We know that more and more employees are dealing with increased stress both inside and outside the workplace these days, and that employee assistance programs (EAPs) can be a helpful, effective way to help them address their concerns and work toward healthy solutions.
So, I think the big question here is really this: WHY aren’t more people using these resources when they can often access them for free? Here are some of the things that seem to be hindering utilization:
- Confidentiality. I’d say this is one of the top reasons, if not THE top reason, that employees don’t use EAPs more. There is a common misconception that employers receive reports detailing who has used services or situations that were discussed. If your company offers an EAP, it’s important to explain – and reiterate to employees – that these specifics are confidential and not shared with the employer.
- Process. Another misunderstanding I’ve heard with EAPs is that employees think they need to go through management or HR to get prior approval to use them. It is critical to communicate that EAP services can be accessed directly by the employee, without employer permission or involvement.
- Breadth. When EAPs were first introduced as an employee benefit solution, they didn’t offer the variety of counseling services that they do now. Today, EAPs can help employees navigate everything from mental health issues and substance abuse to workplace stressors, financial concerns, marital problems and more. Ensure your employees realize the broad range of services available.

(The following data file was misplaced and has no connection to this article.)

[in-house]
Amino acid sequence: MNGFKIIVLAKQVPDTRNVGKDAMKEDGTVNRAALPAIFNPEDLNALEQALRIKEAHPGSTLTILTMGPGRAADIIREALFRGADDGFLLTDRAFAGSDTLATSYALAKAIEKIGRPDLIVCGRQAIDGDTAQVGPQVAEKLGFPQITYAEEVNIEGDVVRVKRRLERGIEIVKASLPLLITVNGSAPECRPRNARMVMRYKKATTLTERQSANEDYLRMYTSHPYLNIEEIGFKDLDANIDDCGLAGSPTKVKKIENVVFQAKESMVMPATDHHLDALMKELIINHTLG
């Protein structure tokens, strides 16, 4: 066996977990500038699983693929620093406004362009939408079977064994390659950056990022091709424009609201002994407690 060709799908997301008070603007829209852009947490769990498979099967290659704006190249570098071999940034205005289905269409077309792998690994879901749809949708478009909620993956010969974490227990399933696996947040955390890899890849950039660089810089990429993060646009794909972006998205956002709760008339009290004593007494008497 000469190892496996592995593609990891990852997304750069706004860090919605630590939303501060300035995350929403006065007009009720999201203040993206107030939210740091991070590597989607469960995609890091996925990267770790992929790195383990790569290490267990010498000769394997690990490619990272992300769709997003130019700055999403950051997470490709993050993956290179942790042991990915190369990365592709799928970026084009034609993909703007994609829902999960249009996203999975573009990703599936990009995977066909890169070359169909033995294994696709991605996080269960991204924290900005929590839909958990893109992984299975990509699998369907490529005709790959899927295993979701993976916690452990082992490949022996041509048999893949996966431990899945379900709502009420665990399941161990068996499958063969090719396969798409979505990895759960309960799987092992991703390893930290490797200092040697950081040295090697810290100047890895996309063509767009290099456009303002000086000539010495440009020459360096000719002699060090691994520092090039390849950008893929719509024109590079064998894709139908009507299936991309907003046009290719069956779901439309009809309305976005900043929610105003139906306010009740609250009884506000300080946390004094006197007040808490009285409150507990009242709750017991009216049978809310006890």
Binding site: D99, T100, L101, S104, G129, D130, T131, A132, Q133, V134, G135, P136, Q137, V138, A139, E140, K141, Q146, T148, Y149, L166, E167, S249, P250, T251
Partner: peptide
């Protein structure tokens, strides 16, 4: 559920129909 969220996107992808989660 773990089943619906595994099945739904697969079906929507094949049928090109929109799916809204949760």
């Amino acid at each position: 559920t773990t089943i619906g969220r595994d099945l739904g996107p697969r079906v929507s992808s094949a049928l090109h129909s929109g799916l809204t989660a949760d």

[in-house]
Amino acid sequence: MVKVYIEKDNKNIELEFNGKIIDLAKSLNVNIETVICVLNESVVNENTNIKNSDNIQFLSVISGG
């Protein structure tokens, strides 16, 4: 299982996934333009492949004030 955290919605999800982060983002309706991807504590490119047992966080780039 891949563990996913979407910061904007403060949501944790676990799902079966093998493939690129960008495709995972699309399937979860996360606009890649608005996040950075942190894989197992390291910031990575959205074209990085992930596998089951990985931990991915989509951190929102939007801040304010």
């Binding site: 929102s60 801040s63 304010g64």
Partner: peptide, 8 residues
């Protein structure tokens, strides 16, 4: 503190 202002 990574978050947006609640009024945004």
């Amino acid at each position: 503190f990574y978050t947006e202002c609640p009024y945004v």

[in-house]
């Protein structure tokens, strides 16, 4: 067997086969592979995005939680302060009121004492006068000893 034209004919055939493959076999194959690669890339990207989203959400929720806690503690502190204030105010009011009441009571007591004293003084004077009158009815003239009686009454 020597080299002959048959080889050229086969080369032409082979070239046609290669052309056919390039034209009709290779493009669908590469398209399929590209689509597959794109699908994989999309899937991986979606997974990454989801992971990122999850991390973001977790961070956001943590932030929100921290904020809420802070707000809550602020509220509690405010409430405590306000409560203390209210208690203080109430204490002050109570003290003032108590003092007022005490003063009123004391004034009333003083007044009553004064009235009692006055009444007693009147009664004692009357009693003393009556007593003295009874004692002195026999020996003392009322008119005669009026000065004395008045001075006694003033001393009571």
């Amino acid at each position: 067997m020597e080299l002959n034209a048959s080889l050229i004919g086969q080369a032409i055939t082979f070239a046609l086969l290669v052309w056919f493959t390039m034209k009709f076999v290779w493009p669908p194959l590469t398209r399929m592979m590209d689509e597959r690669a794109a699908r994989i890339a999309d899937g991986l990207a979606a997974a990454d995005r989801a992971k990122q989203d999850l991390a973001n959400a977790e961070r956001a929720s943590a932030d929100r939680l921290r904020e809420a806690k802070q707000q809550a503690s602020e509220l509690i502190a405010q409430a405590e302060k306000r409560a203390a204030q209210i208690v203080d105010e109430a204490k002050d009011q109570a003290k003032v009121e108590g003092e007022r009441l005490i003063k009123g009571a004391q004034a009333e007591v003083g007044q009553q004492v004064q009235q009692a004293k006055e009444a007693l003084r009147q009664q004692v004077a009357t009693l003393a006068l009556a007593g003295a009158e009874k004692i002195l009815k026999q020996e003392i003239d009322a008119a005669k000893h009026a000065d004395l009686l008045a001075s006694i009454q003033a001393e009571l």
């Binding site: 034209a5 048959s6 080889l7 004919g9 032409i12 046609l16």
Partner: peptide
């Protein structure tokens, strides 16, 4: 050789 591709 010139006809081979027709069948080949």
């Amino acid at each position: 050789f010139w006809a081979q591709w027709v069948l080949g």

- Stigma. As much as EAP services are needed, unfortunately, there can be a stigma that’s attached to using them. Try to minimize this by encouraging the use of EAP services and all the good that can come from them.
- Awareness. Aside from everything else, do your employees even know that an EAP is part of their health benefits? As simple as it may seem, this lack of knowledge is another big reason why EAPs are underutilized. If your company offers them, make it known during employee orientations and through regular communications to existing employees. You can even bring your EAP providers in to present on how these programs work.
EAPs are a valuable, necessary resource – but if they’re not being used, our workplaces (and employees) will suffer. As employers who offer them, we need to put forth the effort to clear up the confusion about how they work and also be more proactive about educating and encouraging employees to use this part of their benefit plan.